Institut für Ostseeforschung Warnemünde
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Madline Kniebusch

Madline Kniebusch
Leibniz-Institute for Baltic Sea Research
Seestrasse 15
D-18119 Rostock
+49 381 5197 172
+49 381 5197 114

PhD representative


During my PhD I am dealing with long model simulations of the Baltic Sea forced with atmospheric reconstructions since the first measurements in 1850. As a meteorologist I am particularly interested in changes due to climate change. I statistically detect changes in temperature, salinity and biogeochemical variables and attribute them to changes in the atmosphere and the environmental pollution in order to understand how the Baltic Sea is changing in a warming climate.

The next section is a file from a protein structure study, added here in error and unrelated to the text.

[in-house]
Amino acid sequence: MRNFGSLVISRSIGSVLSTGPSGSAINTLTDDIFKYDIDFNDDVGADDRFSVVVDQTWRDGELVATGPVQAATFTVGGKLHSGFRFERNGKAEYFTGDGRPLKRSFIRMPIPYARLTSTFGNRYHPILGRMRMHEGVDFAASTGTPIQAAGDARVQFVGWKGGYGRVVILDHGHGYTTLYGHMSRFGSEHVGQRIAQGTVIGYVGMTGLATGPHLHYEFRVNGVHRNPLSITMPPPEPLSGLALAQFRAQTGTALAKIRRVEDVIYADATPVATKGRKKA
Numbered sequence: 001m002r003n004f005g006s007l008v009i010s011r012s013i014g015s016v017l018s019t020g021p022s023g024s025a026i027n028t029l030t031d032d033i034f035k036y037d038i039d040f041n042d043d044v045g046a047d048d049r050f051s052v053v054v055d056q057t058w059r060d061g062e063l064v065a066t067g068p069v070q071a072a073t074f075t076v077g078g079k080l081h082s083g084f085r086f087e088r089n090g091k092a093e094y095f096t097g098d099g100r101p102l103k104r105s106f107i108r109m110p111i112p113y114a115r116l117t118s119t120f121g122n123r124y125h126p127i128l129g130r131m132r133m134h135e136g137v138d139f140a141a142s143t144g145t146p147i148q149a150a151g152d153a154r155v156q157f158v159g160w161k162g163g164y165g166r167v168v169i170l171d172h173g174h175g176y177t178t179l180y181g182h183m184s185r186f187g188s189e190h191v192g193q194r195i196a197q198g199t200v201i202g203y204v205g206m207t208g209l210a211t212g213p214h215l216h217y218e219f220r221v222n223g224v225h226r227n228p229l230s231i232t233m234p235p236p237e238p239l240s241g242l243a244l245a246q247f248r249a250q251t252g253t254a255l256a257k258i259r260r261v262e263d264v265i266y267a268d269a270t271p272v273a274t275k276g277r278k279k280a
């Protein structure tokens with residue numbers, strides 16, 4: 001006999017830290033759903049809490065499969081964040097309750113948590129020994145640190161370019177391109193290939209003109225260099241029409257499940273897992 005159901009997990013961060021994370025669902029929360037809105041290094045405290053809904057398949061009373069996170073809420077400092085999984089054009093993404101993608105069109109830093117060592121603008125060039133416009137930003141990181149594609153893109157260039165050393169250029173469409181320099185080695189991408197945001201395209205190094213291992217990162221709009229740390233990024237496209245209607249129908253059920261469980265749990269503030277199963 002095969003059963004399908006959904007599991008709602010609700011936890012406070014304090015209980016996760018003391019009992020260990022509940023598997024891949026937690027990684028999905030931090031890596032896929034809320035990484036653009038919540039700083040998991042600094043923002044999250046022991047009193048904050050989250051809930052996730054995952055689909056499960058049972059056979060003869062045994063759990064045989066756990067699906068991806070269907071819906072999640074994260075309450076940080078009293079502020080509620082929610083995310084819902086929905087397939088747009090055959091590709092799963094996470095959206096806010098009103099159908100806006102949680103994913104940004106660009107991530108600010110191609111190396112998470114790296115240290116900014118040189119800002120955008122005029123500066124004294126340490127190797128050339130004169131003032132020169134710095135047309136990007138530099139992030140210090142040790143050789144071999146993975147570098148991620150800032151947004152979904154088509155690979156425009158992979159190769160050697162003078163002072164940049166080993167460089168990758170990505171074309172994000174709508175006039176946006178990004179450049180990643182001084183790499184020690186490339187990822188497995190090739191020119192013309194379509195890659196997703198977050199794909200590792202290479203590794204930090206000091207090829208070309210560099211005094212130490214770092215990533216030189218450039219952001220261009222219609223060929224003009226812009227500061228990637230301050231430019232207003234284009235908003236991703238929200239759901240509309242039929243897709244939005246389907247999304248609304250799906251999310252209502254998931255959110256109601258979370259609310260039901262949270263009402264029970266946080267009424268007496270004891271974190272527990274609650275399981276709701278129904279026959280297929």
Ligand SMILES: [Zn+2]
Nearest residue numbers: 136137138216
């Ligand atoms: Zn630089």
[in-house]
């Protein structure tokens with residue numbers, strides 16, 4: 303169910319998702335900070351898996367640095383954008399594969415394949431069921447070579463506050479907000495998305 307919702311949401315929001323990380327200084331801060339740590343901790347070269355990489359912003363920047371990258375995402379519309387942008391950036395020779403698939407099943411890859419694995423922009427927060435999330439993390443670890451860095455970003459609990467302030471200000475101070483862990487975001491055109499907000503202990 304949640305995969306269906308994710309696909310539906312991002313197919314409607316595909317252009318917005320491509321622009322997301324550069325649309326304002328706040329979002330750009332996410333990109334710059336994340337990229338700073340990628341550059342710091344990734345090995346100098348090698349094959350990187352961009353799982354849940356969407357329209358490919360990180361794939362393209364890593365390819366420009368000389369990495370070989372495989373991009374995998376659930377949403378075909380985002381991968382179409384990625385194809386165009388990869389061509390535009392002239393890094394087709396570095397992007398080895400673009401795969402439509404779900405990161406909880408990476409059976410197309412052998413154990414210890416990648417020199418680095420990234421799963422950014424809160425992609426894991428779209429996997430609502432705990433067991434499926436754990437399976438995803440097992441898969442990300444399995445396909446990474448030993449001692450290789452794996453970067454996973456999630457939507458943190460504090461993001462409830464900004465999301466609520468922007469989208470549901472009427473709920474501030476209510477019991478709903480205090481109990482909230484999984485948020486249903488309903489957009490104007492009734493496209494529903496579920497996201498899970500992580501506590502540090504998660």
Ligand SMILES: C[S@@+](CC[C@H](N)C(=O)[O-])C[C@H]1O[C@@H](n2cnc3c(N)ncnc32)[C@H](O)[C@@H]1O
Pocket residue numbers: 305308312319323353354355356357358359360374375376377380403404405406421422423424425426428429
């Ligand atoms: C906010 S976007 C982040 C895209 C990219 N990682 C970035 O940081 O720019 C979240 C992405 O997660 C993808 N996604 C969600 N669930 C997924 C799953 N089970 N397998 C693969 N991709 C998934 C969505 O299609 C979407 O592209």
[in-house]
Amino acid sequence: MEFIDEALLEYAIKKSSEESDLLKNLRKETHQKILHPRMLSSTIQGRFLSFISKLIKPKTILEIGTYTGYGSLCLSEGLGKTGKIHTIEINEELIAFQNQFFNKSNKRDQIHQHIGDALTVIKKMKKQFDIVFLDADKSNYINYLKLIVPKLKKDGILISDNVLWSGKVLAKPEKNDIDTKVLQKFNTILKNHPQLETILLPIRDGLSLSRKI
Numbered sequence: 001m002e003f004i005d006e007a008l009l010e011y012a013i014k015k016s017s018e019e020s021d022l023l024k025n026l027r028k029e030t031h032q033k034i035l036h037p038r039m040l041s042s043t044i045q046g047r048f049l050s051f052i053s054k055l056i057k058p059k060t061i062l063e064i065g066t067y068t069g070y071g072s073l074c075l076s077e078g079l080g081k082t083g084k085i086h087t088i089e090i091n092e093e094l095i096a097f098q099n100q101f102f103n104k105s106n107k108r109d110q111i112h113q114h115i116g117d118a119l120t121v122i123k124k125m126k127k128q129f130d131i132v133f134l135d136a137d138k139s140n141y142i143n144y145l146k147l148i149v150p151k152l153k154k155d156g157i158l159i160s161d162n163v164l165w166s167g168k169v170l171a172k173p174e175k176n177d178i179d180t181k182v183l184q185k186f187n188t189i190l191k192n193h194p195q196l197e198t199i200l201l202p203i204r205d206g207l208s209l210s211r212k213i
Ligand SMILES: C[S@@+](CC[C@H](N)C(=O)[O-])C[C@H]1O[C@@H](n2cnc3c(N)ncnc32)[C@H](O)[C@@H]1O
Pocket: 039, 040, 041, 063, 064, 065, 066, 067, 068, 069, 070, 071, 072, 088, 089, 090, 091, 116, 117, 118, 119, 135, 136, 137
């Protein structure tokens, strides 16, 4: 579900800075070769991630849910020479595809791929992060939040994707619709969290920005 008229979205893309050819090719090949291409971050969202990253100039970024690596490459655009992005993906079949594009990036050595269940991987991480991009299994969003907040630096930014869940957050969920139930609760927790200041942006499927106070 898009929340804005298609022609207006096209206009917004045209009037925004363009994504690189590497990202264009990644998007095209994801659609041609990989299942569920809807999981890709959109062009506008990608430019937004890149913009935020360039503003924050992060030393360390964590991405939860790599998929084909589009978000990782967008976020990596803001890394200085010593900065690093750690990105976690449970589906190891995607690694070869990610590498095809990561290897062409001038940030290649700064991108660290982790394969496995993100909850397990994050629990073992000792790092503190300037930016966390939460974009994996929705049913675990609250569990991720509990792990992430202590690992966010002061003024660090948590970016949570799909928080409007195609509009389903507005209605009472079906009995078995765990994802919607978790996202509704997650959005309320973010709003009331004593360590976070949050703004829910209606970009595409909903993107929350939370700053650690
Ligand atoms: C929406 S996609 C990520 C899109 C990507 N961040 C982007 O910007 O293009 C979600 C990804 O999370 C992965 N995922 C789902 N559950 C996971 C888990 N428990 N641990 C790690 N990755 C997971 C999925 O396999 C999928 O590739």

The Baltic Sea is one of the fastest changing marine ecosystems of the earth. Sea surface temperature (SST) trends are more than seven times higher than the global mean SST during 1982-2008. Figure 1 shows the spatial distribution of simulated SST trends during this period.


In addition, also the sea surface salinity (SSS) is very variable in space and time with low-frequency oscillations with periods of about 30 years. We found out that the North-South gradient in SSS increased during the past 100 years (Figure 2) leading to even sharper differences. However, in the Baltic Sea mean salinity, no significant long-term trend was found.


Using sensitivity experiments, the combined effects of changing salinity and temperature as well as eutrophication on the marine ecosystem of the Baltic Sea have been disentangled.